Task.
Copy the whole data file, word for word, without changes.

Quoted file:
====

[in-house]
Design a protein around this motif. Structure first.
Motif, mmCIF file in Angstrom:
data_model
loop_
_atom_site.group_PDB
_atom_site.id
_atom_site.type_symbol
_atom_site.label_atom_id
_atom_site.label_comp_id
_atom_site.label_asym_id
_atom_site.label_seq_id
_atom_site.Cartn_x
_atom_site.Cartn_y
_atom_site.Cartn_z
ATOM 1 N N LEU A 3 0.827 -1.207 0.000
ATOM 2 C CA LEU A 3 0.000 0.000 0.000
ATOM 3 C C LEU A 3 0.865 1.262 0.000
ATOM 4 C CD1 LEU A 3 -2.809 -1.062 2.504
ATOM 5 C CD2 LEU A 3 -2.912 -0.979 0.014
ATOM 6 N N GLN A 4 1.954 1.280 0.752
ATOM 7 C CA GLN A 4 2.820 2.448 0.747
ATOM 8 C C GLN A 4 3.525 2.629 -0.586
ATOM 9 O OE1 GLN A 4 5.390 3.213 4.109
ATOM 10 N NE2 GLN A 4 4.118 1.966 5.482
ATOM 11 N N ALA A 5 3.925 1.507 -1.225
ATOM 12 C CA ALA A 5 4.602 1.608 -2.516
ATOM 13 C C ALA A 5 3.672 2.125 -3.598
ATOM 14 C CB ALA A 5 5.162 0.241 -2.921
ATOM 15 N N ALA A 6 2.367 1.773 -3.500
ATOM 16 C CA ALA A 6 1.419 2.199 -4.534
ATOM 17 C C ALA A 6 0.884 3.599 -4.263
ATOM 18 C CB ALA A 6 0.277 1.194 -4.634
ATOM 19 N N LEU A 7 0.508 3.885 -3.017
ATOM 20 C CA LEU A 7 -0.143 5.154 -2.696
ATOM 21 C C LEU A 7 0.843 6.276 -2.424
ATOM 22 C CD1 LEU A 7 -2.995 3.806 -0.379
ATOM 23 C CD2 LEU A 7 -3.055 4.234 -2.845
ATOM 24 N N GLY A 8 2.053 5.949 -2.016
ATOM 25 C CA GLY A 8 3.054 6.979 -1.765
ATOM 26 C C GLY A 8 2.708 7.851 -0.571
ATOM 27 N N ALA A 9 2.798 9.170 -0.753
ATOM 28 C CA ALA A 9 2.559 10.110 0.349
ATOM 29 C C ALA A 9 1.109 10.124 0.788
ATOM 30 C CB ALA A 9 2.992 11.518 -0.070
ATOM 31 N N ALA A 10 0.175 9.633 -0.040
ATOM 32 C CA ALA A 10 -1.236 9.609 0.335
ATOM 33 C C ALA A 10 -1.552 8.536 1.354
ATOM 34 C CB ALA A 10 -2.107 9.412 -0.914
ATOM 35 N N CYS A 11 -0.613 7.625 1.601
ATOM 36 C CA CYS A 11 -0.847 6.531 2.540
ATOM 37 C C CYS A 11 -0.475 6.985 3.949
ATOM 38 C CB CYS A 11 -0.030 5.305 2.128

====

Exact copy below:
[in-house]
Design a protein around this motif. Structure first.
Motif, mmCIF file in Angstrom:
data_model
loop_
_atom_site.group_PDB
_atom_site.id
_atom_site.type_symbol
_atom_site.label_atom_id
_atom_site.label_comp_id
_atom_site.label_asym_id
_atom_site.label_seq_id
_atom_site.Cartn_x
_atom_site.Cartn_y
_atom_site.Cartn_z
ATOM 1 N N LEU A 3 0.827 -1.207 0.000
ATOM 2 C CA LEU A 3 0.000 0.000 0.000
ATOM 3 C C LEU A 3 0.865 1.262 0.000
ATOM 4 C CD1 LEU A 3 -2.809 -1.062 2.504
ATOM 5 C CD2 LEU A 3 -2.912 -0.979 0.014
ATOM 6 N N GLN A 4 1.954 1.280 0.752
ATOM 7 C CA GLN A 4 2.820 2.448 0.747
ATOM 8 C C GLN A 4 3.525 2.629 -0.586
ATOM 9 O OE1 GLN A 4 5.390 3.213 4.109
ATOM 10 N NE2 GLN A 4 4.118 1.966 5.482
ATOM 11 N N ALA A 5 3.925 1.507 -1.225
ATOM 12 C CA ALA A 5 4.602 1.608 -2.516
ATOM 13 C C ALA A 5 3.672 2.125 -3.598
ATOM 14 C CB ALA A 5 5.162 0.241 -2.921
ATOM 15 N N ALA A 6 2.367 1.773 -3.500
ATOM 16 C CA ALA A 6 1.419 2.199 -4.534
ATOM 17 C C ALA A 6 0.884 3.599 -4.263
ATOM 18 C CB ALA A 6 0.277 1.194 -4.634
ATOM 19 N N LEU A 7 0.508 3.885 -3.017
ATOM 20 C CA LEU A 7 -0.143 5.154 -2.696
ATOM 21 C C LEU A 7 0.843 6.276 -2.424
ATOM 22 C CD1 LEU A 7 -2.995 3.806 -0.379
ATOM 23 C CD2 LEU A 7 -3.055 4.234 -2.845
ATOM 24 N N GLY A 8 2.053 5.949 -2.016
ATOM 25 C CA GLY A 8 3.054 6.979 -1.765
ATOM 26 C C GLY A 8 2.708 7.851 -0.571
ATOM 27 N N ALA A 9 2.798 9.170 -0.753
ATOM 28 C CA ALA A 9 2.559 10.110 0.349
ATOM 29 C C ALA A 9 1.109 10.124 0.788
ATOM 30 C CB ALA A 9 2.992 11.518 -0.070
ATOM 31 N N ALA A 10 0.175 9.633 -0.040
ATOM 32 C CA ALA A 10 -1.236 9.609 0.335
ATOM 33 C C ALA A 10 -1.552 8.536 1.354
ATOM 34 C CB ALA A 10 -2.107 9.412 -0.914
ATOM 35 N N CYS A 11 -0.613 7.625 1.601
ATOM 36 C CA CYS A 11 -0.847 6.531 2.540
ATOM 37 C C CYS A 11 -0.475 6.985 3.949
ATOM 38 C CB CYS A 11 -0.030 5.305 2.128